In the present experiments, a clear ontogeny of network activity was observed. On DIV 2, there is no activity in the form of spikes or bursts. Activity begins to appear between DIV 2 and 6, and increases rapidly between DIV 6 and 13. This pattern of response is consistent with other reports of network ontogeny using MEAs (van Pelt et al., 2005; Wagenaar et al., 2006). This pattern was consistent over the five independent cultures that comprised this data set, as well as across numerous other cultures (data not shown). It also appears to be relatively consistent across laboratories as similar ontogenic patterns have been identified in the published literature (van Pelt et al., 2005; Wagenaar et al., 2006). The consistency in the developmental profile of network activity, both across cultures and across laboratories, supports the utility of MEAs as a reliable and reproducible developmental neurotoxicity screening tool. Interestingly, burst characteristics including the burst duration, percent of spikes occurring in a burst, number of spikes/burst and ISI showed a less pronounced developmental profile after DIV 6 (Table 2). These results may indicate that the most rapid period of burst development occurs between DIV 2 and 6, and that once bursting is established, it is relatively stable over the first 3 weeks in culture.


Table 2. Burst characteristics are not altered by exposure to Bis-1.

Treatment with the PKC inhibitor Bis-1, which decreased neurite outgrowth after 24 h, decreased several different measures of spontaneous network activity. First, the development of activity in treated cultures lagged behind the control MEAs, as a smaller fraction of MEAs exhibited bursting activity on DIV 6 and 9 following Bis-1 exposure. Bis-1 also caused a significant decrease in the number of active channels as well as the number of channels on which bursting activity was observed. Although there were no statistically significant interactions between treatment and time, by DIV 20, most of these parameters were similar to the control values. It is not clear whether there was a “developmental lag” induced by Bis-1 that eventually reached the same steady-state as control MEAs, or whether the values were closer due to the decline of the control values on DIV 20 (culture media was not renewed after DIV 5). Burst characteristics, such as burst duration, ISI and the percent of spikes that occur in bursts were not significantly affected by Bis-1 treatment. Cytotoxicity is unlikely to be responsible for these changes in spontaneous activity. Over DIV 6–20, a similar fraction of the MEAs had active channels in both the treated and control exposures. Also, after 24 h or 8 days exposure to Bis-1, no significant difference in the number of propidium iodide-positive cells were observed on MEAs. Together, these data indicate that Bis-1 exposure may decrease the number of synapses formed, but that the synapses that do form function normally. Recently, it was demonstrated that exposure to concentrations of Bis-1 that do not significantly affect neuronal density, from DIV 9–15, decreased the total number of synapses in primary neocortical cultures on DIV 15 (Harrill et al., 2011). It should be noted that the density of cells on the MEAs is higher than the density used to determine effects on neurite outgrowth or synaptogenesis, and that determination of either one of these anatomical endpoints is difficult at the cell density used for the MEAs. However, both the electrophysiological and anatomical data are consistent in that they indicate that the resulting networks have fewer functional connections.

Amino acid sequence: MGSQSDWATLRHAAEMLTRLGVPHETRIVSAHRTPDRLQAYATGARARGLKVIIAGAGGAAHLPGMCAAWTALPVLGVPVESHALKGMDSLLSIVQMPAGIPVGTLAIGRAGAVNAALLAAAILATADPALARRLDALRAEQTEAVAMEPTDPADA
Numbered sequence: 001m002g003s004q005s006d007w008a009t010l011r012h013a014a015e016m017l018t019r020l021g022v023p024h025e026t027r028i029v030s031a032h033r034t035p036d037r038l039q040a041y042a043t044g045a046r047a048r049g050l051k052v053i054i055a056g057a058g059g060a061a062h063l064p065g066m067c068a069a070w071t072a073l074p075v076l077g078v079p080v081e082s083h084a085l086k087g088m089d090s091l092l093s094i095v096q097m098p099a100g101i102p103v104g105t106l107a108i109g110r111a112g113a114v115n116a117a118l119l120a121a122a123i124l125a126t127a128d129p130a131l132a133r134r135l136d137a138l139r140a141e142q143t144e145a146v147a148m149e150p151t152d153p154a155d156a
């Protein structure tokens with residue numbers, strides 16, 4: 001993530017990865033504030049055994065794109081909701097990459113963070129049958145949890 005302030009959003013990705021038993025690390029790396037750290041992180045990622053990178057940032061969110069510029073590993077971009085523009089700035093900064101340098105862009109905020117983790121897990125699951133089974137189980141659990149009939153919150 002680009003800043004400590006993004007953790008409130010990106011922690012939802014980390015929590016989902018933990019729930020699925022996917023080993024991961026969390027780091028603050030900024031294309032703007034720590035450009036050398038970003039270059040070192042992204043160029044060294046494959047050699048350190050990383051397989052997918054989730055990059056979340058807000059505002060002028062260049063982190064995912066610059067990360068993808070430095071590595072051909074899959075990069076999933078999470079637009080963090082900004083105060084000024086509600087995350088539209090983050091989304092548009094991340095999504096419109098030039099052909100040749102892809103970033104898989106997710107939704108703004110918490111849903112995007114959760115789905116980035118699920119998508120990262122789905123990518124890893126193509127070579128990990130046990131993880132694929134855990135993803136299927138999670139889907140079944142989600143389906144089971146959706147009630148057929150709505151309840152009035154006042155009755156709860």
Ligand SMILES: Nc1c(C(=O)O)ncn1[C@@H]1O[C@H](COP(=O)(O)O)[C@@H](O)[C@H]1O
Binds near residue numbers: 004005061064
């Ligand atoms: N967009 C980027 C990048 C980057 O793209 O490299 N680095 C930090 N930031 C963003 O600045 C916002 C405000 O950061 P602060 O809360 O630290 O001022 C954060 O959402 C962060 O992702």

The present results provide a proof-of-concept that MEAs can be utilized to detect chemicals that may alter important neurodevelopmental processes, and may therefore be useful for screening chemicals for the potential to cause developmental neurotoxicity (Bal-Price et al., 2010; Johnstone et al., 2010). The present study examined a relatively short exposure time during ontogeny of network activity and demonstrated a decrease in activity during this exposure. The results demonstrate changes in function can be detected during the period of network development; this may facilitate compound screening as it will not be necessary to wait 2–4 weeks for networks to reach maturity to assess potential developmental neurotoxicity. While longer-lasting effects were not characterized in the present study, there is evidence that MEAs can be utilized to detect effects following exposure as long as 4 weeks. Hogberg et al. (2010) demonstrated that a 4-week exposure to domoic acid increased basal spike and burst rates in primary cultures from rat cortex, as well as decreased the response to block of GABAA receptors by bicuculline. While the present studies did not attempt to evoke activity using electrical stimulation, or “challenge” spontaneous network activity with specific pharmacological agents, the results of Hogberg and co-workers demonstrate that such approaches also could be incorporated into screening approaches with MEAs. The unique capabilities of MEAs to provide functional measurements of network activity, including spontaneous activity, evoked activity, and responses to pharmacological challenges, therefore offers an advantage over other potential screening approaches that rely on biochemical or structural endpoints.